The expanded child tax credit (CTC) provided unprecedented economic relief to nearly 40 million families. But because tax filing can be especially complicated for some immigrants, Latine families disproportionately missed out on the tax benefits, despite “whole-of-government” outreach efforts.
In new research, we explore lessons learned from expanded CTC outreach to immigrant families in the Boston region, highlighting the importance of trusted messengers working with immigrant communities to counter the prevalence of competing and misleading information.
This Hispanic Heritage Month, we spoke with Angela Divaris, an attorney with Greater Boston Legal Services's Low Income Taxpayer Clinic, which provides free civil legal assistance to low-income families in and around Boston. During the pandemic, the organization pivoted to targeted outreach and tax filing services to help eligible families access tax benefits—especially those at risk of missing out.
Divaris is a crucial leader in reaching the region’s Latine immigrants, especially mixed-status families (PDF). Together with our findings, Divaris’ recommendations can be a roadmap for places across the country looking to improve immigrant communities’ uptake of eligible government programs.
What specific hurdles do Latine communities have to overcome to learn about and claim government benefits like the expanded CTC?
If you were in a household known as a “nonfiler,” or those who had not filed tax returns recently (likely because they lacked a filing requirement due to low earnings), the Internal Revenue Service (IRS) was unable to immediately send out advance CTC payments to you.
The Treasury Department released data identifying the numbers of kids likely to be left out by zip code. But how could we get to them? Outreach was key.
People told me that they kept hearing from others that the CTC was not for them. So just putting out eligibility information was not enough. It was important to hear from people they trust, like school liaisons or health care workers, and see it in other media, like newspapers or flyers at food sites.
Many didn’t know where to get help. Families had to file tax returns, and many had to apply for ITINs (Individual Taxpayer Identification Numbers). And people needed access to live assistance. While the IRS’s Volunteer Income Tax Assistance (VITA) program is great, it needed more multilingual staff and more locations in immigrant communities.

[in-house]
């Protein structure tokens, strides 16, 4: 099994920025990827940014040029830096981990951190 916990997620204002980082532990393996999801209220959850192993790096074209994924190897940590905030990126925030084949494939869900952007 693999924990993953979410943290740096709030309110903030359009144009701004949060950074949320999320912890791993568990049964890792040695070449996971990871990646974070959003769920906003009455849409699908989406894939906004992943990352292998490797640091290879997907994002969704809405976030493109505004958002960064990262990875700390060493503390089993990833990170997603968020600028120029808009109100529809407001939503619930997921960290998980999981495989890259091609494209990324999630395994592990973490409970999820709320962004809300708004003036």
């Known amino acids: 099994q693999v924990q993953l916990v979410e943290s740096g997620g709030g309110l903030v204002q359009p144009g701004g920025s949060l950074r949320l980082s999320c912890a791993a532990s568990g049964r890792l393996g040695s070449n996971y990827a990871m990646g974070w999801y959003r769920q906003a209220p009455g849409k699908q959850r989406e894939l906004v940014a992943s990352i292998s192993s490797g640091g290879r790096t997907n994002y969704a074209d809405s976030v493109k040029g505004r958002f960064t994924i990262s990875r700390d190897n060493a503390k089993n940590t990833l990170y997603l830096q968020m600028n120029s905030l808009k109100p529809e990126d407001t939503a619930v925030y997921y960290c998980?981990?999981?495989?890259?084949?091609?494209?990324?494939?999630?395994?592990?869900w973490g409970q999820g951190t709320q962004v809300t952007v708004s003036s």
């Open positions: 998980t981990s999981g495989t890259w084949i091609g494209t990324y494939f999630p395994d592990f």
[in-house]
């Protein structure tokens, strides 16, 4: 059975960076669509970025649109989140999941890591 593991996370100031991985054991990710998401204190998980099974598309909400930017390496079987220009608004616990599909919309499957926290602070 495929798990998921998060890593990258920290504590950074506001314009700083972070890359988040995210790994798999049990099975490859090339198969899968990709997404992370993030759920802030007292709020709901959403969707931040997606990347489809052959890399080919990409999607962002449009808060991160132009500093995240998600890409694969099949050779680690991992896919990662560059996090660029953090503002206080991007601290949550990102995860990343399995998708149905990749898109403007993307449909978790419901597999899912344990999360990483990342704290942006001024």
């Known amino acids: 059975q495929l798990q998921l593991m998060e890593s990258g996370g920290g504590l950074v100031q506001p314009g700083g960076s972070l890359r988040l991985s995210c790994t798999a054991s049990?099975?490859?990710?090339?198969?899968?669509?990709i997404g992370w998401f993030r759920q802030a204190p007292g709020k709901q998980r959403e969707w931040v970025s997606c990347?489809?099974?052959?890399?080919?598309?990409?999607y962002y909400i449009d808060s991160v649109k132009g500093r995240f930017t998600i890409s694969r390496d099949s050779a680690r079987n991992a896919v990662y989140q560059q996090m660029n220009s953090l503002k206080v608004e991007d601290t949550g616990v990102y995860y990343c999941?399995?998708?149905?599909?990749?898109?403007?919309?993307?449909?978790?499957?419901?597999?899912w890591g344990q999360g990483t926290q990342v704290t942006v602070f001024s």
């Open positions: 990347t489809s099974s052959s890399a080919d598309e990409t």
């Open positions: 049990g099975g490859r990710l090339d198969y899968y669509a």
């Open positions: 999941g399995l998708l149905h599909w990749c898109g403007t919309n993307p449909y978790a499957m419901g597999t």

Could you briefly describe the activities you undertook to guide Latine folks to the expanded CTC and to help them claim tax benefits?
When ARPA (the American Rescue Plan Act) was passed, we quickly realized the magnitude of financial help it could provide to families.
We contacted state and local agencies that might be in touch with eligible families: schools, health centers, shelters, community centers, domestic violence counselors, churches, and so on. We organized information sessions with advocacy organizations, trained their staff on how to talk about the CTC, and asked them to direct families to us.
We also embedded ourselves in an immigrant community and created a pop-up VITA site at a well-known community agency, La Colaborativa in Chelsea, with the specific goal of having a physical presence near families likely to miss out.
We put our contact information in wider statewide informational outreach (e.g., Department of Transitional Assistance texts).
I became a Certified Acceptance Agent (CAA) so that I could help parents without Social Security numbers (SSNs) apply for the required ITINs. I knew CAAs were not readily accessible for most people.
Altogether, I recall how hard we worked, but at the end of the day, we were just one tax site in one neighborhood.
What are you most proud of with your outreach to Boston’s Latine communities?
I was proud of crafting messaging for immigrant families and for trusted messengers working closely with immigrants in nontax settings. We gave people a place to get live tax-filing support. And our guidance to them wasn’t about the nitty-gritty of tax procedures.
We prioritized their native language, simplified information, and reassured them across various media. We wanted Spanish-speaking families to understand that they were eligible, it was safe to come forward, and how to claim the relief.
In terms of administering such programs and conducting outreach efforts, what is one thing you would ask federal, state, and local governments to do differently?
We can all be more attuned to how immigrants are affected by tax laws.
On the one hand, ARPA made US citizen children of immigrants without SSNs eligible for the expanded CTC, but I’m not sure if they thought through the mechanisms of getting the credit to them. It was foreseeable that because of the 2015 Protecting Americans from Tax Hikes Act’s rules, many thousands of otherwise eligible kids would be left behind because their parents were facing a little-known deadline. Lawyers at GBLS, lawmakers, and other organizations are asking the IRS commissioner to extend the April 2022 filing deadline for immigrant families who missed out due to the timing of applying for ITINs or SSNs.
Immigrants pay taxes. They are often “essential workers.” I so often meet ITIN applicants who just want to do the right thing, report their incomes, and file their tax returns. People’s preconceptions about Latine communities hinder them from seeing the net benefits to us all. Some state governments are beginning to understand this and are changing their programs’ rules.
I like the Spanish word for taxpayer: “contribuyente,” which, to my mind, reinforces this idea of how we should all be considered as “contributors,” even when we need help during a pandemic.